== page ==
While @WalmartLabs focuses primarily on apps and big data, there is a group within Walmart working on another version of smart, connected products: artificial intelligence. In September 2016, Walmart was granted a patent for self-driving shopping carts (pictured below):
The idea is that detachable motors will drive carts to customers when summoned (7). In the short term, this may be no more than a gimmick to draw shoppers to the brick-and-mortar store. Over time, however, Walmart plans to use this technology as part of a larger robotized inventory system whereby carts pick up and transport items across warehouses and stores (7). This could have positive implications for customer experience and cost management, but likely negative implications from a job loss standpoint.
Walmart has adapted to changing times by expanding into eCommerce and, at the same time, making some big bets on operating model changes meant to help people “Save Money, Live Better”. Walmart should continue investing in connected products and services, but I caution them not to lose sight of the needs of the core customer base. For instance, as helpful as the Walmart app may be, not all Walmart customers have smart phones. The store should investigate the possibility of installing in-store kiosks or even loaning shoppers a device for the duration of the trip. Furthermore, nearly 85% of Walmart customers pay in cash or cash equivalent (8). Walmart has tried to cater to this contingent with a “Pay with Cash” program that allows customers to order online and then pay at their local store within 48 hours. This seems cumbersome and not in the spirit of a truly streamlined experience. One workaround could be encouraging customers to buy gift cards while in the store, so that next time they shop online they have the equivalent of cash at their fingertips. There’s one thing Walmart and technology certainly have in common: neither is going anywhere anytime soon.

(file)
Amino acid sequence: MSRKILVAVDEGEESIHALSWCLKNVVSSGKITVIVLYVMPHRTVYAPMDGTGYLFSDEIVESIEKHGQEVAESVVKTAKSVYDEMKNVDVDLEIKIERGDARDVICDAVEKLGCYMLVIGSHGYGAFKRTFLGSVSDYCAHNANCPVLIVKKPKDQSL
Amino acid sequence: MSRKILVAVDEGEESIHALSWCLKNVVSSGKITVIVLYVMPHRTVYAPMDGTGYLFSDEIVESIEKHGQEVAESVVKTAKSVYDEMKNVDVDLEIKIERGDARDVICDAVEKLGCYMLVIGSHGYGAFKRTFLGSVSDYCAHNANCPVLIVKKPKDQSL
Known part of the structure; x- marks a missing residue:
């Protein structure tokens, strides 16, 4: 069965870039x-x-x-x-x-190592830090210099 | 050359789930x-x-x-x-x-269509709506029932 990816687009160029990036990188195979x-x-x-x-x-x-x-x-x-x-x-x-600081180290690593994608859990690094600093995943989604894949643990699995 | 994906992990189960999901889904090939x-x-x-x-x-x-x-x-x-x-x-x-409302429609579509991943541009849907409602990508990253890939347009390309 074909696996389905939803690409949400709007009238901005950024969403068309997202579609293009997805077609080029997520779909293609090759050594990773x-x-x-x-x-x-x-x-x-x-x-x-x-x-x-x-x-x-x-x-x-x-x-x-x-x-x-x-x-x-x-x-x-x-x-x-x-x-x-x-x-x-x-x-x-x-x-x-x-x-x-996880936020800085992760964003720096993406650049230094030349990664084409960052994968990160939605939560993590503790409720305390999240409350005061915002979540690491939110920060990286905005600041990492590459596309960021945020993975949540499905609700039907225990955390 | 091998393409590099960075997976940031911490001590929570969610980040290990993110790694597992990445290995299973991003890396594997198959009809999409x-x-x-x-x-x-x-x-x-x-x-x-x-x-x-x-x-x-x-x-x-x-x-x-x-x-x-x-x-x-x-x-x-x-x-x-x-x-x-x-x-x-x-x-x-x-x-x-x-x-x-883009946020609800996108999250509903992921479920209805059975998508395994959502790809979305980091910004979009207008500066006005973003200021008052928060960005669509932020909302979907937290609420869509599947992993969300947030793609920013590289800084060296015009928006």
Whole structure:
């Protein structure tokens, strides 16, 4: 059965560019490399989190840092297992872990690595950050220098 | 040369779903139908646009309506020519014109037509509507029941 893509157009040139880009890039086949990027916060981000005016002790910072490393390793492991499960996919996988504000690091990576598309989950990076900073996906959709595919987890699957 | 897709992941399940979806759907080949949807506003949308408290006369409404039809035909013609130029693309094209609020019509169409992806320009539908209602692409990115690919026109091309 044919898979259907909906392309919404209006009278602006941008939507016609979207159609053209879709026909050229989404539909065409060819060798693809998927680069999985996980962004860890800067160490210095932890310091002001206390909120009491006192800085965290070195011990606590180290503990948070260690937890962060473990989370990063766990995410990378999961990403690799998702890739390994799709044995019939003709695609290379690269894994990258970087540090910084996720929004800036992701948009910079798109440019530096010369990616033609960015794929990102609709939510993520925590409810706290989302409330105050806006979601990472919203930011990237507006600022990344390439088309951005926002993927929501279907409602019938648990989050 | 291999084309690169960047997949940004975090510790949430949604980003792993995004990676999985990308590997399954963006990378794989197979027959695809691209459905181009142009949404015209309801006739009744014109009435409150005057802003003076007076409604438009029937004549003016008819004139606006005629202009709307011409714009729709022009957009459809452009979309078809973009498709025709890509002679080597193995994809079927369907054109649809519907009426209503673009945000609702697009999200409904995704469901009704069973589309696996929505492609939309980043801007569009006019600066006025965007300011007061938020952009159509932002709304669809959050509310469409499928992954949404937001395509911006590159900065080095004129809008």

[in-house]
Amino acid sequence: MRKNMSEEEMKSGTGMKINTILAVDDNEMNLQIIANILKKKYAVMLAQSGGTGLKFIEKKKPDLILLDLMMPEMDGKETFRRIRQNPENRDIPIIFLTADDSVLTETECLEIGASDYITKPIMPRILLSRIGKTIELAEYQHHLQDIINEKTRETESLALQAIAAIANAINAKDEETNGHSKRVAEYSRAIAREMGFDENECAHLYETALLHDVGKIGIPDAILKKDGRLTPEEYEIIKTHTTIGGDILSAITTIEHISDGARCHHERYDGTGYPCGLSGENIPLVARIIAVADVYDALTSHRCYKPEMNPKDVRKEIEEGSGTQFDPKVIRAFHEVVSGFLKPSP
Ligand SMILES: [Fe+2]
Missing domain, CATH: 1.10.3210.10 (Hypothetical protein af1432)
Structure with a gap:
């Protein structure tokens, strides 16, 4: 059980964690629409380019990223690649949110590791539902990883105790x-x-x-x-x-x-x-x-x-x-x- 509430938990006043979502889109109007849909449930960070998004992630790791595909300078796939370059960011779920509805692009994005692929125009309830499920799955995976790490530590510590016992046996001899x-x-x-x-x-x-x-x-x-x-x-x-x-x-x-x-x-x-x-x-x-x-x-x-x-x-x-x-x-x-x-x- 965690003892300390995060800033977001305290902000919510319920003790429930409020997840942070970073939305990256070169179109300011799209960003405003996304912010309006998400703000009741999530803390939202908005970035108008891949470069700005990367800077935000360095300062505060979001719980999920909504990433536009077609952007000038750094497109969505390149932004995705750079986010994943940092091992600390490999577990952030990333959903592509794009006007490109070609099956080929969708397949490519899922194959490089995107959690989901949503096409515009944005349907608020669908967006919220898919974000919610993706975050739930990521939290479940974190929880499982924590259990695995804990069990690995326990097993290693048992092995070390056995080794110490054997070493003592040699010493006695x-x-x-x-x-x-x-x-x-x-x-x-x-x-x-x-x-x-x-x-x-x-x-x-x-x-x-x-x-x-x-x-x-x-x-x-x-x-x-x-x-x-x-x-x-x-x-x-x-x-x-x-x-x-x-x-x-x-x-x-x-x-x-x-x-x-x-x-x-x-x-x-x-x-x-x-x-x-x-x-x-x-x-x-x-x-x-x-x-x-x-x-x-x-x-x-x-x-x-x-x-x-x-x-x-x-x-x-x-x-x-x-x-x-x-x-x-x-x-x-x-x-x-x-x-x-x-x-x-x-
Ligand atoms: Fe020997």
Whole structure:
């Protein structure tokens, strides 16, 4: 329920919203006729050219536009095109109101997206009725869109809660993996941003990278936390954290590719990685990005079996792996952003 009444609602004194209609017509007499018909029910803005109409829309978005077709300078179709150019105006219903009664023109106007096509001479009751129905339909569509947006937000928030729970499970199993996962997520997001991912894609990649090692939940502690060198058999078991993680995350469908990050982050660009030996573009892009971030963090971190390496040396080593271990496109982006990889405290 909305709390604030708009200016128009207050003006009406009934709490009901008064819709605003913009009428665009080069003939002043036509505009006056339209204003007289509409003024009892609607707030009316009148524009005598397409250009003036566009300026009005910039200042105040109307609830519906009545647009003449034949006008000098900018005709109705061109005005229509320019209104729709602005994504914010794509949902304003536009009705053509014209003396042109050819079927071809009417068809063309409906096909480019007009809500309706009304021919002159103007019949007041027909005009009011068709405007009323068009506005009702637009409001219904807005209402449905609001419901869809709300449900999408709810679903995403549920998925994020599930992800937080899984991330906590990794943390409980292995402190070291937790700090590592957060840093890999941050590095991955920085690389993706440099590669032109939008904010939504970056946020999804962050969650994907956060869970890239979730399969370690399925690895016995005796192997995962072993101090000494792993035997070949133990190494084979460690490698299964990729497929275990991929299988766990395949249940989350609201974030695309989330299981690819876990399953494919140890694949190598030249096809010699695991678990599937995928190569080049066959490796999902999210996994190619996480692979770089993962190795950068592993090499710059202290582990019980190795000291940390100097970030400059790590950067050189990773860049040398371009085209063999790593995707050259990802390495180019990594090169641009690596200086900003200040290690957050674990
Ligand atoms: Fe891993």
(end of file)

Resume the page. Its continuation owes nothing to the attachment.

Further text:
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- “Our Story.” Walmart Corporate – We save People Money so They Can Live Better.Walmart, n.d. Web. 17 Nov. 2016
- Pettypiece, Shannon, and Selina Wang. “Wal-Mart to Acquire Jet.com for $3.3 Billion to Fight Amazon.” Bloomberg. N.p., n.d. Web
- “Walmart Agrees to Acquire Jet.com, One of the Fastest Growing E-Commerce Companies in the U.S.” Walmart Agrees to Acquire Jet.com, One of the Fastest Growing E-Commerce Companies in the U.S.p., 8 Aug. 2016. Web. 17 Nov. 2016.
- Halzack, Sarah. “How Walmart Plans to Transform the Way We Buy Groceries.” Washington Post. The Washington Post, 8 Oct. 2016. Web. 17 Nov. 2016.
- “Walmart: Where Digital Meets Physical.” Capgemini Consulting, 15 July 2015. Web. 15 Nov. 2016.
- Nash, Kim S. “Wal-Mart Spent $10.5 Billion on Information Technology in 2015.” WSJ. Wsj.com, 21 Apr. 2016. Web. 17 Nov. 2016.
- Brown, Bruce. “Self-driving Shopping Carts May One Day Make Their Way to a Walmart near You.” Digital Trends. Digital Trends, 14 Sept. 2016. Web. 17 Nov. 2016.
- Perez, Sarah. “Walmart Adds “Pay With Cash” For Online Shoppers At Walmart.com.” TechCrunch. 26 Apr. 2012. Web. 17 Nov. 2016.